There are plenty of great reasons to grow annual flowers. Sure, they don’t last forever—but isn’t that true of most beautiful things?
Annuals offer gorgeous, prolific blooms that will add a pop of color in your garden where you least expect it. With so many annual flowers to choose from, though, it can be tough to know which way to go!
- #1. Angelonia
- #2. Vinca
- #3. Begonia
- #4. Celosia
- #5. Zinnia
- #6. Chrysanthemum
- #7. Cosmos
- #8. Cornflower
- #9. Dahlias
- #10. Nasturtium
- #11. Geraniums
- #12. Calendula
- #13. Stock
- #14. Impatiens
- #15. Primrose
- #16. Larkspur
- #17. Sweet Pea
- #18. Marigold
- #19. African Daisy
- #20. Pansies
- #21. Sweet Alyssum
- #22. Petunias
- #23. Dianthus
- #24. Pentas
- #25. Ranunculus
- #26. Calibrachoas
- #27. Snapdragons
- #28. Sunflower
Here are some of the best options you can grow so you always have many flowers that bloom all year in your garden.
This gorgeous, drought-tolerant flower is the perfect annual for a gardener in the south. In a warm environment and in full sunlight, it will produce blooms from summer until fall.
The vinca flower is also referred to as Madagascar periwinkle. This flower blooms nonstop during the summer and is known for its gorgeous blue hues. It grows best in zones four through nine.
The begonia plant can be grown just about anywhere. It requires minimal maintenance (zero pruning or deadheading—perfect!). Choose to grow this beautiful annual in a container, and you can move it inside and reuse the tubers the next year.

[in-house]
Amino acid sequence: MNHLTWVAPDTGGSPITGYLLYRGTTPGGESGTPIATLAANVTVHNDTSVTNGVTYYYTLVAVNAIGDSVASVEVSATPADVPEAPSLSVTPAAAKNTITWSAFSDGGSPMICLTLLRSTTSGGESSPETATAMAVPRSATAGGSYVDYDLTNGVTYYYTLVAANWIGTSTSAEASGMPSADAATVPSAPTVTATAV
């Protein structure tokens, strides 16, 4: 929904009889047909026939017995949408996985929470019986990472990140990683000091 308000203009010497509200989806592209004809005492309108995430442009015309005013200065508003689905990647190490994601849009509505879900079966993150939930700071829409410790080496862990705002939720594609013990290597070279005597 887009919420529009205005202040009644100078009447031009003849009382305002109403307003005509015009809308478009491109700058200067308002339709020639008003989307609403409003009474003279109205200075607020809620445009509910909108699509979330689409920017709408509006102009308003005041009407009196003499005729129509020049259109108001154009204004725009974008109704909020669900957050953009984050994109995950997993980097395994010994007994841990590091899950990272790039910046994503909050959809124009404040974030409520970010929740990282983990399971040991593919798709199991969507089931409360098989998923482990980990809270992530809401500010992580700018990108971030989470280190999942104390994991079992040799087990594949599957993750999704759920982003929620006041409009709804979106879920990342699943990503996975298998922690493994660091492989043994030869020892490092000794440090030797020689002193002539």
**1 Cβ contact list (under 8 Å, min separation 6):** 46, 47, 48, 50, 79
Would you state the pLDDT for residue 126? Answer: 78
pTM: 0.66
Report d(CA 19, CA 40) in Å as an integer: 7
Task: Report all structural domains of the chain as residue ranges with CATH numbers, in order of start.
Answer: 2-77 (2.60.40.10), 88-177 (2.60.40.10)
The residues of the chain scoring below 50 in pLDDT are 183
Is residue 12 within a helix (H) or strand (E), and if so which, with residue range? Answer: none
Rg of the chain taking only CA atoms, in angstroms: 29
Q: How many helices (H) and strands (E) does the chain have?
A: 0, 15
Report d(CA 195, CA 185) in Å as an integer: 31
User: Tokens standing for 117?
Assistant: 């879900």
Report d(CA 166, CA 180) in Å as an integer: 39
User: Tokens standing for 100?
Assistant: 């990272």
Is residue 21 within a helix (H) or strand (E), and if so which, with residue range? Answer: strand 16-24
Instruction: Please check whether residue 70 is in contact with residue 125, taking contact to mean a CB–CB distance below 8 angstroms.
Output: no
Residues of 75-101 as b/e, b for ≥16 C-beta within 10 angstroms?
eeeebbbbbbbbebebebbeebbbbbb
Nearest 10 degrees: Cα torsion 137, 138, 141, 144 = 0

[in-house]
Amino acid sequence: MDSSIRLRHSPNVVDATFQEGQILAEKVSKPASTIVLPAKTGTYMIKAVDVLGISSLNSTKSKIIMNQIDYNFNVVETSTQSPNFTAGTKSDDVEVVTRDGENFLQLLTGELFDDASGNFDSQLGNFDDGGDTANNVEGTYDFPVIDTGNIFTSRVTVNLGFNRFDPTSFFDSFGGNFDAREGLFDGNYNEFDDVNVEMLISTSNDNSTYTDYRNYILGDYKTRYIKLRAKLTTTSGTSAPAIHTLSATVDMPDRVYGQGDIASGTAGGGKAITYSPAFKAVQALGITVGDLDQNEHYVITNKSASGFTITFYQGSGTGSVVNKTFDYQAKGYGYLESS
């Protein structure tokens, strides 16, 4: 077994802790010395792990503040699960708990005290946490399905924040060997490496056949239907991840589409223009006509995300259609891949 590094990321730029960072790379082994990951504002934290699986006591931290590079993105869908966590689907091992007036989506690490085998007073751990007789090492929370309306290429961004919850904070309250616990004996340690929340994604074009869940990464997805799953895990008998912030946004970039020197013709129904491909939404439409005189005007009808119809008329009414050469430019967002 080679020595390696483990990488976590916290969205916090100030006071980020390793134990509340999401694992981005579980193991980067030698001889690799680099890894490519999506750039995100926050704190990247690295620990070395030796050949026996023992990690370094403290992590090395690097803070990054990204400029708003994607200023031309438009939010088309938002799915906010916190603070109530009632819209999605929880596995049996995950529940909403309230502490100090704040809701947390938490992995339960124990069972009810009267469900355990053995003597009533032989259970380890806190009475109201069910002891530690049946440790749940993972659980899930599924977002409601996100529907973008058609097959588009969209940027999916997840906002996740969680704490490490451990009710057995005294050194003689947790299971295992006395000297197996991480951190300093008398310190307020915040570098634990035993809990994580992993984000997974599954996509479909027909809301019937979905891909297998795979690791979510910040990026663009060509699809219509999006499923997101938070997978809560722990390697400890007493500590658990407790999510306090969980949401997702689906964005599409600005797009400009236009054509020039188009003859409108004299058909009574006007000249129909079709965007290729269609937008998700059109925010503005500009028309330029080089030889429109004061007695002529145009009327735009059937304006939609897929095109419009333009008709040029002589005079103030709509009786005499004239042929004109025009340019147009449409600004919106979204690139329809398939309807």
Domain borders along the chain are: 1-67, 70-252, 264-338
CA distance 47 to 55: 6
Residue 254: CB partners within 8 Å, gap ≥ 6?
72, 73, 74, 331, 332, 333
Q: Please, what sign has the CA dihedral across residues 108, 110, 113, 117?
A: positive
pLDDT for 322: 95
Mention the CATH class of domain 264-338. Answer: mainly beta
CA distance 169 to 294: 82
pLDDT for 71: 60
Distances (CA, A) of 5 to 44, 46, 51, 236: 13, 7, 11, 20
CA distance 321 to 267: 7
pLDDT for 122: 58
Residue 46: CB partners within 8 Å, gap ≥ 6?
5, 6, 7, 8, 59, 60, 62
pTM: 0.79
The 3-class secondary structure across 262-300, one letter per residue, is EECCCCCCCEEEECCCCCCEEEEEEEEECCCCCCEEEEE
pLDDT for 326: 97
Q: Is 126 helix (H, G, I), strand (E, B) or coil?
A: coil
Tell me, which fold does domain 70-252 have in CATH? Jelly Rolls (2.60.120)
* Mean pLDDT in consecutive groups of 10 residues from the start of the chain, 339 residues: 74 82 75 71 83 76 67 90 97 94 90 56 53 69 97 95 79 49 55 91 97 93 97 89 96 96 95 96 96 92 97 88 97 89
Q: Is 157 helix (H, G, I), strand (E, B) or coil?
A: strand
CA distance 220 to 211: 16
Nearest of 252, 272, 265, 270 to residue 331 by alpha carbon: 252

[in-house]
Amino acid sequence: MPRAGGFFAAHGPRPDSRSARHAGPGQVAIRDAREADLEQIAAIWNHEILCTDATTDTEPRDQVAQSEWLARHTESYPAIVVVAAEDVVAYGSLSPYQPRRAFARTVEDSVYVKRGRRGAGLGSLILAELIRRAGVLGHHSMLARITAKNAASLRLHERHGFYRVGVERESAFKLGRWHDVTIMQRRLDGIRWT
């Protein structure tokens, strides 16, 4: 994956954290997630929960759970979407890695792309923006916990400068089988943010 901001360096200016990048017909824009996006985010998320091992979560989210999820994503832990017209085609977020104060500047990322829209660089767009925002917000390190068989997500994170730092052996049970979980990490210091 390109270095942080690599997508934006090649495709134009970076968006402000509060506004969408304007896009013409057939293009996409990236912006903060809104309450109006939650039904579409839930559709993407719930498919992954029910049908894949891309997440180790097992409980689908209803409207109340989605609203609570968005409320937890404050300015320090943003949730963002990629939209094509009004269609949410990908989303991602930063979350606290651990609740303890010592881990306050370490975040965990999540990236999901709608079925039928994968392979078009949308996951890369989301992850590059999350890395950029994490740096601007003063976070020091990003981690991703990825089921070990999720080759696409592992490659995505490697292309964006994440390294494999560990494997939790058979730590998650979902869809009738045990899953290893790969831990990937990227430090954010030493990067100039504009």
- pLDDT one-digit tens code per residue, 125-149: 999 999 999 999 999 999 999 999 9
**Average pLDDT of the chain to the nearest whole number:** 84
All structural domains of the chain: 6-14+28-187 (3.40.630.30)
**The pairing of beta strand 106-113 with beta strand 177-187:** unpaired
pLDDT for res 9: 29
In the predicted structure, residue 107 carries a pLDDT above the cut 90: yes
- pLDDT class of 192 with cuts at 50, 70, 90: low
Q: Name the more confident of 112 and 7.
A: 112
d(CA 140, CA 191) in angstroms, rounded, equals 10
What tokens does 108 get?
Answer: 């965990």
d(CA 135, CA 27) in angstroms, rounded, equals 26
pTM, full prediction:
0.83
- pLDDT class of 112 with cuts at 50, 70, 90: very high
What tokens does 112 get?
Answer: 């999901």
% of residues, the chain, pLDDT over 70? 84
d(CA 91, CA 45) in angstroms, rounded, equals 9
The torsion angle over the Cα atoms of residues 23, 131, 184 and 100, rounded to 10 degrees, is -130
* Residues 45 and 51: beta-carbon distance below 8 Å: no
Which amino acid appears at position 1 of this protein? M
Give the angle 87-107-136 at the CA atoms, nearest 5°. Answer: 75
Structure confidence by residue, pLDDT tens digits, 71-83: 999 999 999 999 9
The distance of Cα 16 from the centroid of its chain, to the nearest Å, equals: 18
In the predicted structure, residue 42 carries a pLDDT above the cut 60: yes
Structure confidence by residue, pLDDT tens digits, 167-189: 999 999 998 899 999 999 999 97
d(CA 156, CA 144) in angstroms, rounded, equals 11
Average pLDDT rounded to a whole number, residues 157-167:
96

Celosia produces gorgeous flowers in all kinds of colors and shapes, including pink, orange, red, yellow, fans, plumes, and brains. They grow fast and bloom mostly in the summer.
Zinnias can be found in all kinds of colors, including red, pink, orange, yellow, and white. These flowers look a lot like dahlias and are best grown in planters or containers.
The chrysanthemum is a must-have plant that can be grown from seed starting in the spring. It blooms in late summer to early fall and can be found at just about any nursery.
The cosmos is an adorable, pint-sized flower that blooms more and grows taller the more often you cut it. It produces lovely flowers in shades of white, purple, and pink.
Not to be confused with the perennial coneflower, cornflowers grow best in zones 2 through 11, particularly in full sun and well-draining soil. These flowers bloom best in the summer months.
Dahlias are gorgeous lowers with honeycomb shapes that look beautiful in any garden. They are easy to care for, and actually, if you are careful about digging up the tubers every year, you can grow these plants and perennials, too.
The nasturtium is an easy to grow flower that comes in all the best and brightest fall colors. It can produce blooms from spring until autumn and is known for its utility in the vegetable garden (it repels a ton of common garden pests!).
Geraniums are easy to grow and will flourish for several months as long as you grow them in full sun or partial shade.
The calendula is another gorgeous flower that grows well in full sun to partial shade. It is best grown in well-draining soil, ideally in zones 9 through 11. You can harvest this flower for its beauty alone, or use its petals to make essential oils for your skin.